Inside: The best books for boys are stories that combat gender norms and harmful stereotypes, showing kids that strong men are also curious, compassionate and kind. We’ve got just the list for you, so come in and check it out!
*This post contains affiliate links.
The Best Books for Boys
Boys will be boys, the lady said to me in Starbucks.
She said it with a shrug before walking away with her coffee, shaking her head in apparent exasperation as she approached the door.
I watched her walk out of the store, then glanced at my boys who were goofing around at a table as I waited for our order.
My kids were not doing anything wrong. They were just boisterous, excited at the prospect of getting an end-of-the-week cake pop as a special treat, and maybe their voices were a tad bit louder than I would have liked.
But really? Boys will be boys?
What does that even mean? And how stereotypical is it to think that boys always act poorly, some archaic code of conduct that defines masculinity as having unpleasant or rambunctious behavior?
It’s long overdue to turn gender stereotypes upside down!
As the mom of two boys, I despise these rigid notions of what it means to be a boy.
I refuse to allow my sons to grow up defined by dated — not to mention harmful —gender norms telling them who or what they should be. Not all boys behave badly. And for someone to imply that this type of behavior is expected from a male child is simply absurd.
Do I want my kids to be strong? Sure - but not because they have the biggest muscles. Do I want them to be tough? Absolutely, if your idea of tough means raising kids that are confident, kids who stand up for what they believe in and won’t back down from their values when faced with a moral dilemma. Do I want them to play sports? Yes, but not because I want them to win and bring home the biggest trophy, but because playing sports helps foster teamwork, turn-taking, cooperation, and sportsmanship.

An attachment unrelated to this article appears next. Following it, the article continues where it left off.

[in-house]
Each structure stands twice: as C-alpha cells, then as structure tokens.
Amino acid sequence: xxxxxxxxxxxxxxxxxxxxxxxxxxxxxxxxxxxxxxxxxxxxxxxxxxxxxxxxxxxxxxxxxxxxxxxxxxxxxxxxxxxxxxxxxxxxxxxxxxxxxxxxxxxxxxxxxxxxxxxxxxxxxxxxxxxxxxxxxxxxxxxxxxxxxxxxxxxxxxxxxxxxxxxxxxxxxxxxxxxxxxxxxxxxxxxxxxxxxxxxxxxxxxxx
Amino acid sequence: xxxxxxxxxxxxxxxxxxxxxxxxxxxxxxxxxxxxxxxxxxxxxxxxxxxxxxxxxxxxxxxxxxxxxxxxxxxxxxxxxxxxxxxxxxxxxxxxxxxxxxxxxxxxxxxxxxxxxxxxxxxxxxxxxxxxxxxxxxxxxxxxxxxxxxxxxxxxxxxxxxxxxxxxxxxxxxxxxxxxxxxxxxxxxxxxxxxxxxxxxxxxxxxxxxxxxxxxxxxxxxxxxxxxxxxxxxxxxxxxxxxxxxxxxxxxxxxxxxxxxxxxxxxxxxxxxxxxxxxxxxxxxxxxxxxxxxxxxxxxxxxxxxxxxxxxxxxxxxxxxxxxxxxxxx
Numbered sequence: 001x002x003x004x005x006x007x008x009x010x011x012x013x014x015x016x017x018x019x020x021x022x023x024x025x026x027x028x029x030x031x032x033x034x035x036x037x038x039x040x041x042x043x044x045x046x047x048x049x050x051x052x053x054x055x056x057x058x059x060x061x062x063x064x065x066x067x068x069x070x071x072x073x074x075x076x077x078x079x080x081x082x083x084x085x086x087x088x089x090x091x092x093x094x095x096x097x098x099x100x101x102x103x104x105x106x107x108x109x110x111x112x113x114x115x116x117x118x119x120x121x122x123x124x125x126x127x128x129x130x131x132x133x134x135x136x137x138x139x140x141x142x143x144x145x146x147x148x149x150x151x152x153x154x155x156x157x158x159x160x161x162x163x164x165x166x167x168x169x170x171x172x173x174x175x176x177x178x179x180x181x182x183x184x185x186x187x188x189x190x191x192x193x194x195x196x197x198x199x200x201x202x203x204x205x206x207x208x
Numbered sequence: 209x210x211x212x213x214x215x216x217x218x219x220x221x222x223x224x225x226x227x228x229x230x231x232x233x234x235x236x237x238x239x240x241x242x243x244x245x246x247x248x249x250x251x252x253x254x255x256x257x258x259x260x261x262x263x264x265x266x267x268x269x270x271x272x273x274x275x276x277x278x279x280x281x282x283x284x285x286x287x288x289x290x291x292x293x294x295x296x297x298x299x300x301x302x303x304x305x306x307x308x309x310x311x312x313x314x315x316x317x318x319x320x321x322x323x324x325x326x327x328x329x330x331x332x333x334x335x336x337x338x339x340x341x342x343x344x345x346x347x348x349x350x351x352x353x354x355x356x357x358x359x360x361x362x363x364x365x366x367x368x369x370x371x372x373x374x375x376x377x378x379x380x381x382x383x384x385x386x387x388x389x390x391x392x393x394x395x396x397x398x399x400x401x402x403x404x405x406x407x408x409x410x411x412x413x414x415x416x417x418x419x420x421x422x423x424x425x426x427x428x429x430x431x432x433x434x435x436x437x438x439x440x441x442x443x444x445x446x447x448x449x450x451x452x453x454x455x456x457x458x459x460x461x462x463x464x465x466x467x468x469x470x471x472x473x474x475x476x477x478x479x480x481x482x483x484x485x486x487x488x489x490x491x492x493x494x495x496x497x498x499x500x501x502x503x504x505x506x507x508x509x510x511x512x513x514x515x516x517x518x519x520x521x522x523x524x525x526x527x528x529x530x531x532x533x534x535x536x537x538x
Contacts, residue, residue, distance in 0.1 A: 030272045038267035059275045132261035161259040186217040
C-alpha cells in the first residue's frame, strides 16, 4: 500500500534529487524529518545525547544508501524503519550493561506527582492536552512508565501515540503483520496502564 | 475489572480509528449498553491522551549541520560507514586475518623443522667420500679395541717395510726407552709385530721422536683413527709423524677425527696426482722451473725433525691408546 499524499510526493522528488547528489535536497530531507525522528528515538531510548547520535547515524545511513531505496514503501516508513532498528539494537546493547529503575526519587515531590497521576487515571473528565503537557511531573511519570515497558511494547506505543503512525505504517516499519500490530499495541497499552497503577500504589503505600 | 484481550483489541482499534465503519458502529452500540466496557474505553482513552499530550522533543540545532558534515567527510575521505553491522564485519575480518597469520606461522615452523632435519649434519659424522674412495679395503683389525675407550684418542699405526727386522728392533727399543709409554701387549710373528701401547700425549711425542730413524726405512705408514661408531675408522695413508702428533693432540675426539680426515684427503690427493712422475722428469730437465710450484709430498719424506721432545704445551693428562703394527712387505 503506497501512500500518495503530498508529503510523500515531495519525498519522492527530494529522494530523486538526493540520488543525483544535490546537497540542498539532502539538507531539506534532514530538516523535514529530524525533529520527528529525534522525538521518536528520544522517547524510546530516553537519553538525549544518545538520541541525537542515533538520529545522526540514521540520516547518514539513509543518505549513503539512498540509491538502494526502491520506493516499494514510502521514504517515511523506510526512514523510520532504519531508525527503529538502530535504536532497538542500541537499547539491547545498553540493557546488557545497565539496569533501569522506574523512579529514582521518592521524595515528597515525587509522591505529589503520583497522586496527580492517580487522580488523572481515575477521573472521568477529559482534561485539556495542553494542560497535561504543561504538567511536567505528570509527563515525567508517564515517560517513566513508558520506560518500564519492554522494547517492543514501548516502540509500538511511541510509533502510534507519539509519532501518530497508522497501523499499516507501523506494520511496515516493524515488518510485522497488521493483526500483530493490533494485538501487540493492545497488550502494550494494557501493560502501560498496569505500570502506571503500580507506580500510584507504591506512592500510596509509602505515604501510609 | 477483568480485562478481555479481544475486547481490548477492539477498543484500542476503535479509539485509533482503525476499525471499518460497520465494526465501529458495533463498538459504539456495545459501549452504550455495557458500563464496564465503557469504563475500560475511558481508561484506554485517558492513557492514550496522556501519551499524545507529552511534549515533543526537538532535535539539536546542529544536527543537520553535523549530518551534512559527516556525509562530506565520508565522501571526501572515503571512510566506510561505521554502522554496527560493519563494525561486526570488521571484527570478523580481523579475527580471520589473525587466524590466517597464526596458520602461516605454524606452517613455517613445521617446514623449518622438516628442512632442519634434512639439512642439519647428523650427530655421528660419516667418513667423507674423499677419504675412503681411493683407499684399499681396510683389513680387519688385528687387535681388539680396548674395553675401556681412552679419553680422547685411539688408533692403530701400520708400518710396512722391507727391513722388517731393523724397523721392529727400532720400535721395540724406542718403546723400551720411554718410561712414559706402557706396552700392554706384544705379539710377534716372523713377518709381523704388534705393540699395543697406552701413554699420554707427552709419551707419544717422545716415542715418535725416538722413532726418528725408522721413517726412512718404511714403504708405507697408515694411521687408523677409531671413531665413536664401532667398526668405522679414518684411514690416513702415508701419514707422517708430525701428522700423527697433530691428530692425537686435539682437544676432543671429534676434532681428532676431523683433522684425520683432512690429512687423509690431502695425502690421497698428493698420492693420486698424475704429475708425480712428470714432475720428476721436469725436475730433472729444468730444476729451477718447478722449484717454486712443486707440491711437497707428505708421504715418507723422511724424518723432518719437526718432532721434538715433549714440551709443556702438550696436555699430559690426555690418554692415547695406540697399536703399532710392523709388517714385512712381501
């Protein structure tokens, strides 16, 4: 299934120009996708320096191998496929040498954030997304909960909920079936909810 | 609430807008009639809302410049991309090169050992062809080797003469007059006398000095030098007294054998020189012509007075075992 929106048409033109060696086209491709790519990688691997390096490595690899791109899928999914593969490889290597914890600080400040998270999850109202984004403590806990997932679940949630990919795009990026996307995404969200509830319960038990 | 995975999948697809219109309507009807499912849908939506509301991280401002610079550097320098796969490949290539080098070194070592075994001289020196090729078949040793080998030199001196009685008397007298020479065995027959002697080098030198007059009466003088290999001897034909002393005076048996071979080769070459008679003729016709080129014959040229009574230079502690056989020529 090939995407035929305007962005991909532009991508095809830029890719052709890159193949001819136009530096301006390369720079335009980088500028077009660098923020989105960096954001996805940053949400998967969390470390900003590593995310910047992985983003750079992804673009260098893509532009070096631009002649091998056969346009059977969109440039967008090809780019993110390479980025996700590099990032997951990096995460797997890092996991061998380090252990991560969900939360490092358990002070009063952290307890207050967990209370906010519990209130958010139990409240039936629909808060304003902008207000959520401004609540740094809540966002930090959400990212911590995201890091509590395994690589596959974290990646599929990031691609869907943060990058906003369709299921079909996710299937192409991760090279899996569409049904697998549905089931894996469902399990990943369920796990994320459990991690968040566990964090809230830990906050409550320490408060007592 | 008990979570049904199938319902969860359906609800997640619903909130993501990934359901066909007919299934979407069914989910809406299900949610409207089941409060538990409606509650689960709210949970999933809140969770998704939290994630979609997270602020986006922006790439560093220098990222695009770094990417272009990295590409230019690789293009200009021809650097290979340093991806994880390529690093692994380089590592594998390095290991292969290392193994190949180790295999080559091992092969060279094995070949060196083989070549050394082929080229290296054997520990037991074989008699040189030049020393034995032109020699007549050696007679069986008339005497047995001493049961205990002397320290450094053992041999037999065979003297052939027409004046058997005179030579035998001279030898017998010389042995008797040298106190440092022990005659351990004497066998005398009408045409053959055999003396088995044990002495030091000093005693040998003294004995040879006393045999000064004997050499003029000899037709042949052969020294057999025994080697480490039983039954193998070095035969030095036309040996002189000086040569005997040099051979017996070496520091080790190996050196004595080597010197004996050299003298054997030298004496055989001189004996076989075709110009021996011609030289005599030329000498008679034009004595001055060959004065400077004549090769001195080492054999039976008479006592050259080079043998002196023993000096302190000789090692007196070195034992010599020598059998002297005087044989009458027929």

The Best Books for Boys Combat Gender Norms and Harmful Stereotypes
There’s no debating the fact that there has been a plethora of books showcasing valiant, strong women who have gone on to change the world in their own small (or huge!) ways over the last few years. These stories of courage, honor, athleticism, intelligence and compassion have inspired children worldwide — both girls and boys — and have helped create a new ideal for young girls to attain.
But for those of us who have young boys in our homes, we’ve been left with some important questions.
Where are the books for our boys showcasing that strength in men is not just akin to physicality and whether your bicep is as big as a baseball?
Where are the books showing that strong men have feelings, that compassion is cool, that there is nothing wrong with playing dolls or wearing pink or being kind to the new kid in class?
I’ve been waiting so patiently, because all I’ve wanted is to put together a shelf of books for my own two boys, books that challenge gender stereotypes and will help change the narrative of how a boy “should” and “should not” behave.
Now, let me clarify something.
There is no such thing as a “book for girls” or a “book for boys.”
I am a firm and steadfast believer that there is no such thing as “girl” books and “boy” books.
Children’s literature is for children, plain and simple. Books with male protagonists should (and are) read and loved by girls, and the opposite holds true as well.
But just as books depicting strong, intelligent and brave women are tremendously important for young girls to read so they can identify with young ladies and dream big dreams, our boys need books like this too. Our boys need books with male characters and role models who exemplify sensitivity, compassion and generosity in addition to the typical display of brawn.